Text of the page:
David Cameron has said the Conservative Party has made real changes which have helped it win the political momentum from Labour.
David Cameron has been out on the campaign trail
In an interview with ITV Sunday's edition he rejected suggestions he had only given the party a "makeover".
He said he had made "real changes", including more women candidates and putting the environment centre stage.
Chancellor Gordon Brown told the same programme that different factions of the Tories were still arguing.
Mr Cameron conceded that the party had a "fight on its hands" to significantly improve its representation in the north of England. But he said the Conservatives were putting up more candidates there than any other party.
Of his changes to the party, he said: "I don't think it's a makeover, I think these changes are real."
He said nine per cent of Conservative MPs were women and one third of candidates were women.
He said most of the party shared his ideas about green issues, saying the environmental instinct was part of Conservatism.
"The campaign on the environment hasn't been a "spray paint", the reason we got a Climate Change Bill in the Queen's Speech is because we lead the campaign for it," he said.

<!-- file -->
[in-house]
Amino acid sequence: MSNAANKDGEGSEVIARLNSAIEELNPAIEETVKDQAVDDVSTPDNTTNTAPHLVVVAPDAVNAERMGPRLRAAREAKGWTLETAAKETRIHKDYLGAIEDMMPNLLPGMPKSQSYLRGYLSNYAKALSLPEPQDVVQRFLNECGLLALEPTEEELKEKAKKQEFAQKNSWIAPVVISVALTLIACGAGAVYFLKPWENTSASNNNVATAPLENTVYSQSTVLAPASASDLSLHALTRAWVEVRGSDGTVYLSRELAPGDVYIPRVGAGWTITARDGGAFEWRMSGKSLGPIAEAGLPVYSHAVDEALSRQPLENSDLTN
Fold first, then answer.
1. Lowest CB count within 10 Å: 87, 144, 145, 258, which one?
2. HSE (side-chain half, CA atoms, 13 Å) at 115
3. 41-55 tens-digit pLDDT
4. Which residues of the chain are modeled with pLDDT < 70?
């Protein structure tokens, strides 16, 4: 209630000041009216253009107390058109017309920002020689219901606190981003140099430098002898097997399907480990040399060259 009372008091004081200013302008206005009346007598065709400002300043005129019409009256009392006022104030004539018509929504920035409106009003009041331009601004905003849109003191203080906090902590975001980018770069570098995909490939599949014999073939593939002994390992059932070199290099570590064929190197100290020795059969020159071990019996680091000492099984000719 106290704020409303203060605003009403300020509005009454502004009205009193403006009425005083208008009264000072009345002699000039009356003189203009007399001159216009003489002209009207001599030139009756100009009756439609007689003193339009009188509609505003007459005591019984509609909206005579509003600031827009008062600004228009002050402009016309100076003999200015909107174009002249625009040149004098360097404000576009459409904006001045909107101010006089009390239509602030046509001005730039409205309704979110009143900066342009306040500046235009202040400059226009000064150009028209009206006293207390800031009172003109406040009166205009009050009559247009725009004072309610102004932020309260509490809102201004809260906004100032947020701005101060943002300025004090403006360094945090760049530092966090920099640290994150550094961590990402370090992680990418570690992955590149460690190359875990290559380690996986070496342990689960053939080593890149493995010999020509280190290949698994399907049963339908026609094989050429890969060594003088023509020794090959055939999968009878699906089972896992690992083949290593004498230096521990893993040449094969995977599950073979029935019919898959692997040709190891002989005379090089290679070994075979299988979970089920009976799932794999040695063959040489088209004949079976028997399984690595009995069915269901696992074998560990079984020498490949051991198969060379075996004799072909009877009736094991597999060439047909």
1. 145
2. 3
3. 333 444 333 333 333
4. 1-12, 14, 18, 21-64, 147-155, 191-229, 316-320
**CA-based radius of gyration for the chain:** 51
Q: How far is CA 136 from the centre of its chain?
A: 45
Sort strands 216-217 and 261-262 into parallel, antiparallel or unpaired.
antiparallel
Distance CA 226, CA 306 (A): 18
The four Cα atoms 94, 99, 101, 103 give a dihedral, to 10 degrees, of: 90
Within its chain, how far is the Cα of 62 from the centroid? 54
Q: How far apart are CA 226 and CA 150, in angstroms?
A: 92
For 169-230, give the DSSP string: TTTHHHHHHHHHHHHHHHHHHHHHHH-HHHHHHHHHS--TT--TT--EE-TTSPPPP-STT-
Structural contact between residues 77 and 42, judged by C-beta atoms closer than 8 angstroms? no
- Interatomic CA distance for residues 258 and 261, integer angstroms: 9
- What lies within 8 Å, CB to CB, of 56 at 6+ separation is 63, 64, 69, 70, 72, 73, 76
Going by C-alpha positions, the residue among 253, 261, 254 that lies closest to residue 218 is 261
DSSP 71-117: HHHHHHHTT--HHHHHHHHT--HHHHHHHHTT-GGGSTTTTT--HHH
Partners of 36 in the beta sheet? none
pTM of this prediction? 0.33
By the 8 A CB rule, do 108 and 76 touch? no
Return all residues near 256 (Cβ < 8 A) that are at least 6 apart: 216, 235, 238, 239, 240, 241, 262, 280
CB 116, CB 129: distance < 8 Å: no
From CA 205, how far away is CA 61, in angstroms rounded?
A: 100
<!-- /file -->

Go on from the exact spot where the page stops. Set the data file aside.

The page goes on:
He said while the Labour Party had had to overthrow "central tenets" - like the commitment to unilateral nuclear disarmament - that was not the case with the Conservatives.
But he said the changes had helped put the party "squarely on the middle ground" and that the momentum was with them.
Opinion polls over the past few months have suggested that Labour are trailing the Conservatives in the run-up to the 3 May local elections.
But the Conservatives would need to achieve one of their biggest swings in votes since 1931 to get an overall majority in the House of Commons.
Mr Cameron said: "I think we have made big progress over the last year and we will keep making progress. We are halfway up the mountain... the last bit can be very challenging, but I think we are going to do it."
He said the party would be ready for a snap election if necessary and would be able to convince people that "the Conservative Party is ready for government."
But Mr Brown said: "They can't come forward with any significant new policies now, because as a political party they are still stuck in this right wing agenda between different factions of the Conservative Party that prevents them reaching agreements."